MONTGOMERY, Ala. — Alabama’s infant mortality rate has increased based on 2016 data, state health officials said.

The Alabama Department of Public Health, in a news release Thursday, said the rate of 9.1 infant deaths per 1,000 live births in 2016 is the highest since 2008. That represents the deaths of 537 infants who did not reach 1 year of age. There were 59,090 live births that year.

“Our infant mortality rate is troubling and disheartening and trending in the wrong direction. Challenges include ensuring mothers have access to health care before, during, and after pregnancy, reducing premature births, the opioid epidemic, and addressing persistent racial disparities,” acting State Health Officer Dr. Scott Harris said.

The state said the mortality rate for black infants was more than twice that of white infants. The 2016 black mortality rate was 15.1 per 1,000, a slight decrease from the 2015 rate of 15.3. For white mothers, infant mortality increased from a record low of 5.2 in 2015 to 6.5 in 2016.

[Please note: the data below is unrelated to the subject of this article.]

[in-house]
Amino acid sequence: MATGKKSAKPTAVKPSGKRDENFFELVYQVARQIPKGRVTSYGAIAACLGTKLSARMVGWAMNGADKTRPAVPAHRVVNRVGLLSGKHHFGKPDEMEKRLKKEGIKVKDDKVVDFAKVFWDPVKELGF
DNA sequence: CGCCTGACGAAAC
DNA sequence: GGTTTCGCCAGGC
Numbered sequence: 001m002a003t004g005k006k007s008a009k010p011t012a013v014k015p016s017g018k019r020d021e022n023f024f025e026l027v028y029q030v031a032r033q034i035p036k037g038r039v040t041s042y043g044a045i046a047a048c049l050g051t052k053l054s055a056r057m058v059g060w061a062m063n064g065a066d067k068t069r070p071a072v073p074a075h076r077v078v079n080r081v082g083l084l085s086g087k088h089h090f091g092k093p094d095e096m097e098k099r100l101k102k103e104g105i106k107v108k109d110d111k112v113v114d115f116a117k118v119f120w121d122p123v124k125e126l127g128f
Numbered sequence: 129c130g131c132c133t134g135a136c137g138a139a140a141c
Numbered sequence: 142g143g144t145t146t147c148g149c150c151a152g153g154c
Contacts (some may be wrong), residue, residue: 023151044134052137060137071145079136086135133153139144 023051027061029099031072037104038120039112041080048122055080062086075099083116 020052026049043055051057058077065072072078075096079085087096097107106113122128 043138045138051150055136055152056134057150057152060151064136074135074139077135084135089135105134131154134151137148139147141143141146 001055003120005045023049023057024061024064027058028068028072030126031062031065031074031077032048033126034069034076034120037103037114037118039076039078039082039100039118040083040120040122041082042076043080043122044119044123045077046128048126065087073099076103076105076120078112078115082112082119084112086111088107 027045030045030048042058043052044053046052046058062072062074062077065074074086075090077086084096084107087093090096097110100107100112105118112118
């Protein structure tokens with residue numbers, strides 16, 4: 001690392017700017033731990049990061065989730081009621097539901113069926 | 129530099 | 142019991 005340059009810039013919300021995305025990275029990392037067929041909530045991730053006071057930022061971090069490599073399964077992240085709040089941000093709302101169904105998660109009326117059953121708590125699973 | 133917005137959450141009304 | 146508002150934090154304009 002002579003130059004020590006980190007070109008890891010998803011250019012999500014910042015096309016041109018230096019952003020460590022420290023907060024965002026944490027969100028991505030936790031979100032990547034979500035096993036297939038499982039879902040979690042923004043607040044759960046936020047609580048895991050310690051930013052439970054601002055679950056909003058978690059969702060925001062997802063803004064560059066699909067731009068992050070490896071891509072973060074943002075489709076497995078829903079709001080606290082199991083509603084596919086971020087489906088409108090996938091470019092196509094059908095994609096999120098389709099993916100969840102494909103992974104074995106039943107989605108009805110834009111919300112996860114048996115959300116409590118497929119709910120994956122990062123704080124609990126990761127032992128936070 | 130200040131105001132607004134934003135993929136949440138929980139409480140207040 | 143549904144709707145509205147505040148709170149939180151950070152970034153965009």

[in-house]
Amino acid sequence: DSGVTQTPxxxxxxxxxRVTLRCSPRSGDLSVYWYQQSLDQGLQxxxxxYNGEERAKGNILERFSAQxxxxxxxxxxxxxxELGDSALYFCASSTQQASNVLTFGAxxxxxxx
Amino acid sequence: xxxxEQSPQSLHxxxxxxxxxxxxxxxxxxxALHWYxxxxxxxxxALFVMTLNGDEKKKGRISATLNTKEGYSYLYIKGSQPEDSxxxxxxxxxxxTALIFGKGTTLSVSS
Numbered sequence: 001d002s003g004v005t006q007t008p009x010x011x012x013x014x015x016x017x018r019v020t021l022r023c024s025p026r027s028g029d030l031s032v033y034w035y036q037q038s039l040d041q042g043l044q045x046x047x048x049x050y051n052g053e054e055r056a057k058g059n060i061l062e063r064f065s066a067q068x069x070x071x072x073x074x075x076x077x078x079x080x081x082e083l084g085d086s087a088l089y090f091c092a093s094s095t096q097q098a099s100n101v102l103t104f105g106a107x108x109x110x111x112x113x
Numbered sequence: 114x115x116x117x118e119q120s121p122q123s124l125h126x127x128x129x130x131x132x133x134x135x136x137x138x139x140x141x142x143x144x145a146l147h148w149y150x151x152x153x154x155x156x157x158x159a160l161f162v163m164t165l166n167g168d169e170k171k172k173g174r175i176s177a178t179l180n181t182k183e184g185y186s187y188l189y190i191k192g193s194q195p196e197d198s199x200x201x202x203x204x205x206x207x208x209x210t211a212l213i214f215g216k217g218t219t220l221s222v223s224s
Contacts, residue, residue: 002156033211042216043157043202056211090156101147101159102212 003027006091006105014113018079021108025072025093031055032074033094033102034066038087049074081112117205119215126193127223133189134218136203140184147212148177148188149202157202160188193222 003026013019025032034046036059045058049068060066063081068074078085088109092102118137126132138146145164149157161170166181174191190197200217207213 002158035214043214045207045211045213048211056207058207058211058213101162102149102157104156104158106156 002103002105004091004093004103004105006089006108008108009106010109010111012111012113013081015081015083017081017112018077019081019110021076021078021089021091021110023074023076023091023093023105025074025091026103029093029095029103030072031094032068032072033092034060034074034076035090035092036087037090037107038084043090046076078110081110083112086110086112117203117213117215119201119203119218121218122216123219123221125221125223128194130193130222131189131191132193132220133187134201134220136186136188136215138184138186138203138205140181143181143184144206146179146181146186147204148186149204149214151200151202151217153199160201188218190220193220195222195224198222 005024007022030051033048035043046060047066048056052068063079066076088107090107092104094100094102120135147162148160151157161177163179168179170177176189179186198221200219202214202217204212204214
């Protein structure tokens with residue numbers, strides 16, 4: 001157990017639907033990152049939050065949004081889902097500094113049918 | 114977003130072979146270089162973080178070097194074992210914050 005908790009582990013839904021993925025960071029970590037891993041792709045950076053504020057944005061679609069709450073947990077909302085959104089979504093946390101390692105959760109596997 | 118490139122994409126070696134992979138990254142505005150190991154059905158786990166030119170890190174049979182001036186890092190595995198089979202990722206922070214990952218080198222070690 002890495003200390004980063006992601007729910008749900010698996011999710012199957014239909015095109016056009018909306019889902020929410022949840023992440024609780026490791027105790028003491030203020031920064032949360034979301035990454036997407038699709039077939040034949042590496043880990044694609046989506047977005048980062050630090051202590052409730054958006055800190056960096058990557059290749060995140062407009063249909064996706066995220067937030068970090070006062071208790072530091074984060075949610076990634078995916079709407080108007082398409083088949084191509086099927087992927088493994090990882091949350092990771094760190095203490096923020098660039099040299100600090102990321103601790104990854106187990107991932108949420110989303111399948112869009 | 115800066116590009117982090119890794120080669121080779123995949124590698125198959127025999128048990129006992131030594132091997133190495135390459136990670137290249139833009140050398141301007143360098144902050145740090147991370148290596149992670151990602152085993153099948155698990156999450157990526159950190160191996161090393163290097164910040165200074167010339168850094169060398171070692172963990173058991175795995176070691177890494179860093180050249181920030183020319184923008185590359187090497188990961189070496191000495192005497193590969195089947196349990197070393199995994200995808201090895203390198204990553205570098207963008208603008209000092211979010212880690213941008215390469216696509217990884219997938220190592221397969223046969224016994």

The top three leading causes of infant death remain the same: congenital malformation, premature births, and Sudden Infant Death Syndrome.

Harris said some of the strategies they plan to implement to reduce those numbers include reducing tobacco use among women of childbearing age, encouraging women to wait at least 18 months between giving birth and becoming pregnant again and continuing safe sleep education efforts.

The percent of preterm births — those born before 37 weeks gestation — increased in 2016 as well, from 11.7 percent to 12 percent, while the percent of low birth weight infants in 2016 declined slightly from 10.4 in 2015 to 10.3.

On a positive note, as seen nationally, the percent of birth to teenagers in Alabama continues to trend downward to its lowest ever recorded of 7.7 percent in 2016.